There is a brand-new canteen building at the Hanhikivi 1 construction site. Vitali Gluschenko, Construction Director of the project’s main contractor Titan-2, glances at the rows of tables, which are still empty. Once opened, the canteen will seat 600 employees.
Gluschenko gets to see the everyday life of the construction site up close. He conducts contract negotiations and keeps in regular contact with the management of the Hanhikivi 1 project and subcontractors.
“If you are interested in a contract at the Hanhikivi 1 construction site, you must be prepared to talk a great deal, because constant interaction is a requirement of the site,” he says.
One of the topical jobs right now is the delivery of eight cranes by Konecranes. The cranes, for which Titan-2 placed an order, will be delivered to the concrete reinforcement plant of the Hanhikivi 1 construction site by the end of the year.
Fluent cooperation benefits everybody at Hanhikivi peninsula
The site offices of Titan-2 and the plant supplier RAOS Project are next to each other within a stone’s throw from the canteen. It’s good that the offices are so close to each other: people from both companies can easily arrange meetings. Rainer Goehring, RAOS Project’s Site Director, says that the companies arrange regular meetings and also visit the construction site every week.
“Plenty of interaction is required at the construction site.”
“The best way to motivate employees into doing responsible work is meeting with them.”
The municipality of Pyhäjoki is a project partner, and the cooperation is not limited to the statutory building inspections. Soil removed from the rock at the Hanhikivi peninsula has been used as landfill at a residential area in Matinsaari, for example.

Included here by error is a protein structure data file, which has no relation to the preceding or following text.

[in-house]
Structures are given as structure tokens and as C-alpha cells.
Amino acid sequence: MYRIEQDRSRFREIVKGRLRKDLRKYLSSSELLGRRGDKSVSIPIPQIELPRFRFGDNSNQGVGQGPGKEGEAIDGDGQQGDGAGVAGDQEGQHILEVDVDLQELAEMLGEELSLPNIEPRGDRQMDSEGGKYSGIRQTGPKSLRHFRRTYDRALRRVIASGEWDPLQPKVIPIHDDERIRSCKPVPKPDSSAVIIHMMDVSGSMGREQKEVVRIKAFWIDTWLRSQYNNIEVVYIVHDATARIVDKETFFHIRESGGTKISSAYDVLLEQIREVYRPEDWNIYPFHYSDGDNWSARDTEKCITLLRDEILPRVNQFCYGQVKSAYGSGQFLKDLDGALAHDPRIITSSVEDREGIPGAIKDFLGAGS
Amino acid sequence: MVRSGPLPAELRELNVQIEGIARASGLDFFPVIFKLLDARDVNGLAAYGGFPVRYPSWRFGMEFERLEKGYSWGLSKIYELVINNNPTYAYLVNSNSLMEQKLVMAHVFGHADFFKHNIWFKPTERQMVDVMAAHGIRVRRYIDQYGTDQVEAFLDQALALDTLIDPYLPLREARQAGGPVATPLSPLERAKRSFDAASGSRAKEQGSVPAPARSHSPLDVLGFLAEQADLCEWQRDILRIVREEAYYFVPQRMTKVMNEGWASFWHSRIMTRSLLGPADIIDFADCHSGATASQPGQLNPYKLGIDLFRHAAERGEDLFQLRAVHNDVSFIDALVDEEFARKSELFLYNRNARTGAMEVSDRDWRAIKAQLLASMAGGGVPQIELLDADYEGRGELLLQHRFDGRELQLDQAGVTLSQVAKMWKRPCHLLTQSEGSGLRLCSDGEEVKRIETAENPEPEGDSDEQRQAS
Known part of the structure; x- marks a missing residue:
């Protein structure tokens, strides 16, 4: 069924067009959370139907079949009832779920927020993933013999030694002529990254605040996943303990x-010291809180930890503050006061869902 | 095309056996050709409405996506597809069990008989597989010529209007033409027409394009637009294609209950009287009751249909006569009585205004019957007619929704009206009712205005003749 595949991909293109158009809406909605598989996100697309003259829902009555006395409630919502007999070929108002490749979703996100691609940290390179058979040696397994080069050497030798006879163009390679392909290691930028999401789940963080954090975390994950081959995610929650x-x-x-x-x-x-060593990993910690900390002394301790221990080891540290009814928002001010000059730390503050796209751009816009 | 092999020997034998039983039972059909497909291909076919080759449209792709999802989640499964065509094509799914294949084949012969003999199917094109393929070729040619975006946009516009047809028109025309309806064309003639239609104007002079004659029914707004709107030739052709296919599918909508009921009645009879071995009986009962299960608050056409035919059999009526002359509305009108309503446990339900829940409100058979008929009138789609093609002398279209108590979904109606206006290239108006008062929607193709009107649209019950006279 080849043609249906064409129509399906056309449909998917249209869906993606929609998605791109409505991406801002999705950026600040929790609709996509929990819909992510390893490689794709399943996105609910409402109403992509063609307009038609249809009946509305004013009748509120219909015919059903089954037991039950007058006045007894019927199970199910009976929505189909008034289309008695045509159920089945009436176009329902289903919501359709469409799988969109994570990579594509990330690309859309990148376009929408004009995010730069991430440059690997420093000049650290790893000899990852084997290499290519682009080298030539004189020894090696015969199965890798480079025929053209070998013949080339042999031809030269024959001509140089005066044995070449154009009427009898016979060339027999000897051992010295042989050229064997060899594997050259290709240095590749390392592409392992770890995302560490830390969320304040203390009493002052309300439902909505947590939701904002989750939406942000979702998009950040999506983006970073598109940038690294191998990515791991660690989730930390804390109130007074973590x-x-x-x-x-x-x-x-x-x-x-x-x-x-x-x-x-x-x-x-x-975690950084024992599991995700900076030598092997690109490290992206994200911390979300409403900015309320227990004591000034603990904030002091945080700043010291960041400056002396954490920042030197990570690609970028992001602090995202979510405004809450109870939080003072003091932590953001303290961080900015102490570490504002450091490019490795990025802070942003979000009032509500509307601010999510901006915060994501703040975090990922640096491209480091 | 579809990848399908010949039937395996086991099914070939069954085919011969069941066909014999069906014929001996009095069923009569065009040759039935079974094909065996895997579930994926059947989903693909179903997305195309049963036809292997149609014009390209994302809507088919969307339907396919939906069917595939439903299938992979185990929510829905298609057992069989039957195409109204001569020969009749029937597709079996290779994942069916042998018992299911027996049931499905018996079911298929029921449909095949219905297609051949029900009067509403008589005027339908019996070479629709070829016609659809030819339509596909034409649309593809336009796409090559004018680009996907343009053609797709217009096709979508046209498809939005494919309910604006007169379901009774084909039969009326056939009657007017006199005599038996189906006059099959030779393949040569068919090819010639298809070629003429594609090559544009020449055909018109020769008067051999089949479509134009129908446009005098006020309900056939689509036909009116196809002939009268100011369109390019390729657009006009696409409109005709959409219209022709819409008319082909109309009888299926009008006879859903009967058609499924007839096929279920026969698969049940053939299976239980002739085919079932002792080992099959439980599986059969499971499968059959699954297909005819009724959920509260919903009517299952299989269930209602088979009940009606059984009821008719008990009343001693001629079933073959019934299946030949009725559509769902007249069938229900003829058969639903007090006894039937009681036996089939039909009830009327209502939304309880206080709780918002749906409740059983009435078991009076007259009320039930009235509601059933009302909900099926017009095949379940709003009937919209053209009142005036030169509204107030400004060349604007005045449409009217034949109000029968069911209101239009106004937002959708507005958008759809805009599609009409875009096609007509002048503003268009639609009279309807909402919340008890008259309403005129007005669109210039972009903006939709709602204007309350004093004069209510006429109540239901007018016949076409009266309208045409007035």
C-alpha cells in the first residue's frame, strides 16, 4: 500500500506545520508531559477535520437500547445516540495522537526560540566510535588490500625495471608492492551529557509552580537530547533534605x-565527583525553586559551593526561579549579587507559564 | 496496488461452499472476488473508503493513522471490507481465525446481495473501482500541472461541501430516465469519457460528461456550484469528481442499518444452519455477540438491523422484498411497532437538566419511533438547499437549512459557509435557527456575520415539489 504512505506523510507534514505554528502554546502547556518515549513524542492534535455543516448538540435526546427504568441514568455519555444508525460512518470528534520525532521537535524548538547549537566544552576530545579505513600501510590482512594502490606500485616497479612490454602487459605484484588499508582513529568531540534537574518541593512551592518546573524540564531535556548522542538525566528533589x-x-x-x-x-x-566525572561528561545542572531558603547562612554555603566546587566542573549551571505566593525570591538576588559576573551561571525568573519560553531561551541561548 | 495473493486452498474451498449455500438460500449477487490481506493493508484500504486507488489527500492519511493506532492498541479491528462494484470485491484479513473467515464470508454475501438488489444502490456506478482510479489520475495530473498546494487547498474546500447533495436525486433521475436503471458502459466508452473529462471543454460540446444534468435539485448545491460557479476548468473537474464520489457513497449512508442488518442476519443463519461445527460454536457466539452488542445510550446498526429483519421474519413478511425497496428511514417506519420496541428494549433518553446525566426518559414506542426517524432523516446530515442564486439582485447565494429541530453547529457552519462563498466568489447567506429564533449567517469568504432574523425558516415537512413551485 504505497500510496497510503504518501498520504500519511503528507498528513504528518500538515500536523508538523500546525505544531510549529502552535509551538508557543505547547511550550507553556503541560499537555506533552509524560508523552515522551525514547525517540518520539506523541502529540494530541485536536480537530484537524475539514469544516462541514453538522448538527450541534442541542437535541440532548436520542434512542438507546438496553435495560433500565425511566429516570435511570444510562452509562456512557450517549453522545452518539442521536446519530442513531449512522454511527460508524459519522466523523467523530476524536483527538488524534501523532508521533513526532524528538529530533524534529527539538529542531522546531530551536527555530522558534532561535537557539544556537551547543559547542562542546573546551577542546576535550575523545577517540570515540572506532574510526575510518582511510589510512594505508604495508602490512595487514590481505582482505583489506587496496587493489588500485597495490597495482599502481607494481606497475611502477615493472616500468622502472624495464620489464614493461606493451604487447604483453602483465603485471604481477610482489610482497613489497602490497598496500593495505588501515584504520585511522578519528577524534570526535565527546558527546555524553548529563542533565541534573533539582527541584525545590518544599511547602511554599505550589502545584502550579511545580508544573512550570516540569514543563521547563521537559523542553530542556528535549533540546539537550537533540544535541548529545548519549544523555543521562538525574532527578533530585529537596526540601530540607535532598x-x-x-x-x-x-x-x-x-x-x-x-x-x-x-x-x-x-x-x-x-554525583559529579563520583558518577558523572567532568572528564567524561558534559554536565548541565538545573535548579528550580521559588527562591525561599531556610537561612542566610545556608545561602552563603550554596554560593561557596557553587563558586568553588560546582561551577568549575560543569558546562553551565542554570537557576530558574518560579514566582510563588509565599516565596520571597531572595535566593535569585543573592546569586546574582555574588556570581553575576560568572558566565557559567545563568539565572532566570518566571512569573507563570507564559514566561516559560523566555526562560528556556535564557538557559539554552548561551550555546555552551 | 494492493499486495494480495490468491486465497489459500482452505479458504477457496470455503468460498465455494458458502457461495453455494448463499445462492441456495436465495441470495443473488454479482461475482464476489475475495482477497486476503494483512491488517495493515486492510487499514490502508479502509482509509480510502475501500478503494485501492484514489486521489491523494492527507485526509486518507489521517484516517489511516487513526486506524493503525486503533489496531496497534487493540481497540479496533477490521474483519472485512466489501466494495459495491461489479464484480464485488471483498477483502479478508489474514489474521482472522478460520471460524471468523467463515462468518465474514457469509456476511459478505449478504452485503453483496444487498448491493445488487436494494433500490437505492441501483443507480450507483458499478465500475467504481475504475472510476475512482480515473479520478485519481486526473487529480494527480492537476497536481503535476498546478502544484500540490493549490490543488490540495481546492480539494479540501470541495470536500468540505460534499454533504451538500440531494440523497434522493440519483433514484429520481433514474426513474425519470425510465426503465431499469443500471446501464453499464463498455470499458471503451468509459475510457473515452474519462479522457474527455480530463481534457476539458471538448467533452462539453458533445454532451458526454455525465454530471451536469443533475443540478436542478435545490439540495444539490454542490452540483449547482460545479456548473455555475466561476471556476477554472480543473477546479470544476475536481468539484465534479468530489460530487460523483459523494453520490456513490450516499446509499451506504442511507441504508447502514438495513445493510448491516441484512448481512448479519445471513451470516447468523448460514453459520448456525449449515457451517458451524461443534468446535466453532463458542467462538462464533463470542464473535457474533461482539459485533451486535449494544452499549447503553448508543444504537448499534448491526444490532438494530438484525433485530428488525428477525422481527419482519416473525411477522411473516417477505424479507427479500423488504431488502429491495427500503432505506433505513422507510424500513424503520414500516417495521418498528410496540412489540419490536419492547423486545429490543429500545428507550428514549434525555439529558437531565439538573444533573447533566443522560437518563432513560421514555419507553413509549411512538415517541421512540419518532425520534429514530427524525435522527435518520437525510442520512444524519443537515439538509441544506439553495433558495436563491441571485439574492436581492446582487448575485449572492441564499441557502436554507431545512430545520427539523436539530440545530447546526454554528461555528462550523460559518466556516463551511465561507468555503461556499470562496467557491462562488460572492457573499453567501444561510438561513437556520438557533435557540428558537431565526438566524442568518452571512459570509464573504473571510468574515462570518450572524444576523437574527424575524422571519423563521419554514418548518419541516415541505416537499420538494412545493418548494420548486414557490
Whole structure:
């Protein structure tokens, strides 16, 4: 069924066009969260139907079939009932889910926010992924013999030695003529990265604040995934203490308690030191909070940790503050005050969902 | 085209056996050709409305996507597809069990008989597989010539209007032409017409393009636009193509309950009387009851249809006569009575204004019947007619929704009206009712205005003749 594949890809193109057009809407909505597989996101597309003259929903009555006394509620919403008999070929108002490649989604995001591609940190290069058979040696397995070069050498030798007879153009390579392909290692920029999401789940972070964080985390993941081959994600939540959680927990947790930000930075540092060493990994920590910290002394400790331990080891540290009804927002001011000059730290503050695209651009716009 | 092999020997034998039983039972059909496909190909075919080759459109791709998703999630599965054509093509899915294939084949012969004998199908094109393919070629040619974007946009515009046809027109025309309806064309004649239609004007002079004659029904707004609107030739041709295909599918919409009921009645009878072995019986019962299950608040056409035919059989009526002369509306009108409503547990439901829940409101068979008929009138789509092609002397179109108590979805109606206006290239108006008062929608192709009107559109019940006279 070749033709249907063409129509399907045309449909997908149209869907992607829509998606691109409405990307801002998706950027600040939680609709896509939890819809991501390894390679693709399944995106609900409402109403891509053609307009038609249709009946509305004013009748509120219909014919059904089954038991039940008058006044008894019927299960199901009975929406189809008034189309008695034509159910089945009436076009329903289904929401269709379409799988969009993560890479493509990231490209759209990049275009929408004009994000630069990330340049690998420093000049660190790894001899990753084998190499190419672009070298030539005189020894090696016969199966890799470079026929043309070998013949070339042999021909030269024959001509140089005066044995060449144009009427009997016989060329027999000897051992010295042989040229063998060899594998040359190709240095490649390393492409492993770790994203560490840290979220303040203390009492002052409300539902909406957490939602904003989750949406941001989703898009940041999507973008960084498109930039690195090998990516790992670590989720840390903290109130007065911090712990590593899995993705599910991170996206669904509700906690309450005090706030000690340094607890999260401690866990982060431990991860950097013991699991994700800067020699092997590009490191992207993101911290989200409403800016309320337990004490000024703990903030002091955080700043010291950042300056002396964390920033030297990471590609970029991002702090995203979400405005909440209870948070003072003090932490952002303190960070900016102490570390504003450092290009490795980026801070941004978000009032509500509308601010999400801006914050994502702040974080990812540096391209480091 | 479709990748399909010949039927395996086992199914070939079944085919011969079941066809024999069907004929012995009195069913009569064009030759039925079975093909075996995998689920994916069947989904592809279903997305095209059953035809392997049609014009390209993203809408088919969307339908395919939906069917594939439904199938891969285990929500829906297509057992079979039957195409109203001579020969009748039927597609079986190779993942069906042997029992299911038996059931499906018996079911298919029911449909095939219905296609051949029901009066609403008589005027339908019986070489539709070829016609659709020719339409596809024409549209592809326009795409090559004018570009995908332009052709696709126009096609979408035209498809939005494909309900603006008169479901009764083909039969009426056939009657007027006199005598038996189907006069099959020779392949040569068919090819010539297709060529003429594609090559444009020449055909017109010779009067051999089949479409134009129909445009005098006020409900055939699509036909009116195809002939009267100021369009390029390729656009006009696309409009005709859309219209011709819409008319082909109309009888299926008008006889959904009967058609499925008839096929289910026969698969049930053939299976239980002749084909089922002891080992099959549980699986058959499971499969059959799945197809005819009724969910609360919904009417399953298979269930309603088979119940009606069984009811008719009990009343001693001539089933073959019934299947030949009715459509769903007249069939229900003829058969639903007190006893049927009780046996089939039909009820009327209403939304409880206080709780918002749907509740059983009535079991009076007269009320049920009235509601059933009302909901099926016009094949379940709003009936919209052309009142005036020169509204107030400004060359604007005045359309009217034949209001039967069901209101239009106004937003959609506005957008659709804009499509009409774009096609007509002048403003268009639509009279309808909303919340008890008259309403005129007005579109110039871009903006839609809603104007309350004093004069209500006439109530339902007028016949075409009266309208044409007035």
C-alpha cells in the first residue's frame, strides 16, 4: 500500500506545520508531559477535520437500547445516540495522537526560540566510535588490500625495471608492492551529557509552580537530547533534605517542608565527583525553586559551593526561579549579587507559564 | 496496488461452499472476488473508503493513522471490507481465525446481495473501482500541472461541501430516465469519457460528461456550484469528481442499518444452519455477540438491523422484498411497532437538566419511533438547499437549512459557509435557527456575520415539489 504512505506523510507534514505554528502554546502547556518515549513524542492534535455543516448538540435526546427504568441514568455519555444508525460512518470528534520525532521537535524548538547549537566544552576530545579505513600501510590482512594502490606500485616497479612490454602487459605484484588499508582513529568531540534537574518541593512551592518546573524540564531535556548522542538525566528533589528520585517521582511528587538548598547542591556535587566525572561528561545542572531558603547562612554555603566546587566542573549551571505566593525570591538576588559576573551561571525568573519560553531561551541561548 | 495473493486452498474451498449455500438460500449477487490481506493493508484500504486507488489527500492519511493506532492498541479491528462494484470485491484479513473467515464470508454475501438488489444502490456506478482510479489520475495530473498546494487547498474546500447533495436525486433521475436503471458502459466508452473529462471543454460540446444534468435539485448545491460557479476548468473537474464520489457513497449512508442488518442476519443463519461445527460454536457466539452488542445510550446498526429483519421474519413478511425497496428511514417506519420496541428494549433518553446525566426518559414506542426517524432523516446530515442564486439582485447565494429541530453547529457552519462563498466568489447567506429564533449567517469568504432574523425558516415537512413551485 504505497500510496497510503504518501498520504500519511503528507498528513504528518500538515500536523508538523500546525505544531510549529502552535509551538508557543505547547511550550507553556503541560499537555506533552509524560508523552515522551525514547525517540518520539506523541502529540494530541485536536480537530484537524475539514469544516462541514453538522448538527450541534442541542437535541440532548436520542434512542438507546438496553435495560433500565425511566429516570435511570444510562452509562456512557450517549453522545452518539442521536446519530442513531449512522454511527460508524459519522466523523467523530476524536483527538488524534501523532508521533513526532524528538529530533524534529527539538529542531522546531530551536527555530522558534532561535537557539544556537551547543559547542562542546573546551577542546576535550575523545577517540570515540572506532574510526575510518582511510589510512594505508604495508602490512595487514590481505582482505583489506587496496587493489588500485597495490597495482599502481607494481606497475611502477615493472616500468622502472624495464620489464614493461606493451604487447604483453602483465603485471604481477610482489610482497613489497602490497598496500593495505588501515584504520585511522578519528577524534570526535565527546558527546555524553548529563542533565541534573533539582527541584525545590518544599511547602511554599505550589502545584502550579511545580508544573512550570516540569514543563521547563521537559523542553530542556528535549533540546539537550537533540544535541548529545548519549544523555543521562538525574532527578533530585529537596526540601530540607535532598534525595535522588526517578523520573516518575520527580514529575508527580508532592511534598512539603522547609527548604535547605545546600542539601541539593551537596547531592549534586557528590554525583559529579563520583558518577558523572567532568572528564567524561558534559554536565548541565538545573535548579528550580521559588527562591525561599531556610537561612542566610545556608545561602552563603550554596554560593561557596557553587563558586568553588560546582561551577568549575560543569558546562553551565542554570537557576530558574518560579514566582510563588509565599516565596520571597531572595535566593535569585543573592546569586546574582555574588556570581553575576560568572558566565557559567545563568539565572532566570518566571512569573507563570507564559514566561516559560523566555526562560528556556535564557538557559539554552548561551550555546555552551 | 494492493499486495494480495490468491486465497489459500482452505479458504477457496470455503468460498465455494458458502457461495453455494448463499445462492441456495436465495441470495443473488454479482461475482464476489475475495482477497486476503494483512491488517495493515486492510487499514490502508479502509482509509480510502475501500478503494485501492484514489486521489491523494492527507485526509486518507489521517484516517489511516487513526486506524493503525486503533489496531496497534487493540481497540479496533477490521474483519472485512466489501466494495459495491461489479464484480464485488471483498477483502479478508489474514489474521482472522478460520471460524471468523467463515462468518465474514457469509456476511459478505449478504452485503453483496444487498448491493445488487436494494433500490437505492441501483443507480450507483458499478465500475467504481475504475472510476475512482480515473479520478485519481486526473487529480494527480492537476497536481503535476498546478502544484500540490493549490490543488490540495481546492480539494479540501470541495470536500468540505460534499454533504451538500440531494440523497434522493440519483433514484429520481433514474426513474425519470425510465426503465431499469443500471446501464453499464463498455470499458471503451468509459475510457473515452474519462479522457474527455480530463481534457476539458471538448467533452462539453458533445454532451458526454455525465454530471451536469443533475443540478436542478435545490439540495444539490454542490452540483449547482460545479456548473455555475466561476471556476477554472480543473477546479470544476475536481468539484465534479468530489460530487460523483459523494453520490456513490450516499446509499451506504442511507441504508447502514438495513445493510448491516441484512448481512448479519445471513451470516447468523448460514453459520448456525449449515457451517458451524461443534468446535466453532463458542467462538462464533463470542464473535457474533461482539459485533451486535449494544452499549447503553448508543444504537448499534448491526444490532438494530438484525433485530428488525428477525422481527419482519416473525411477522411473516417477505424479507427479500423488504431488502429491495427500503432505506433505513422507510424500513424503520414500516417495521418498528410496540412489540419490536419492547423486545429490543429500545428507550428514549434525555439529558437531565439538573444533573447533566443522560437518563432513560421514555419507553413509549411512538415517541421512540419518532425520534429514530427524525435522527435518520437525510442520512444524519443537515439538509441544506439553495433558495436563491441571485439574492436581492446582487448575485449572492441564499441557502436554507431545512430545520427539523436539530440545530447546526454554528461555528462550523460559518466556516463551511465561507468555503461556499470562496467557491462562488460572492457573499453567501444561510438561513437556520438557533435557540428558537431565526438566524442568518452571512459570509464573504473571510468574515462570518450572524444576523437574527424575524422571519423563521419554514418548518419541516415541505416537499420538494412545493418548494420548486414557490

“The starting point of good cooperation is a win-win situation for all the parties involved,” Goehring says.
The construction of the administration building is progressing
The steady sound of a horn warns the employees of blasting. The construction site of Fennovoima’s administration building has progressed to the excavation stage. Weeping drains are already being covered up at the basement level, but some rock still needs to be removed to make room for the training wing.
Men wearing protective gear monitor the progress of the blasting. Timo Korvela, Lehto’s Site Manager, says that the administration building construction site must always consider the other jobs going on in the area. For example, the vibration caused by the blasting may hamper the pouring of concrete.
“I act as the link between the different parties, making sure that everything is done on time. We are constantly reconciling jobs.”
The Hanhikivi 1 site access training highlights the cooperation
The people with whom Korvela works at the administration building construction site include Esa Herrala, Fennovoima’s Site Supervisor, and Pekka Pihlajamaa, Fennovoima’s Project Engineer.
“Quality control is strict. The progress of excavation is being monitored with 3D measurements, for example. After each work stage, me and Lehto check that the actual work done corresponds to the plan,” Herrala explains.
Another person participating in the design work is Antti Heikkilä, the Owner of Tivitek, the company responsible for the Administration building’s casting.
“The basics of how to work at the Hanhikivi 1 construction site were taught to us during site access training. We have learned how to work together since,” he says.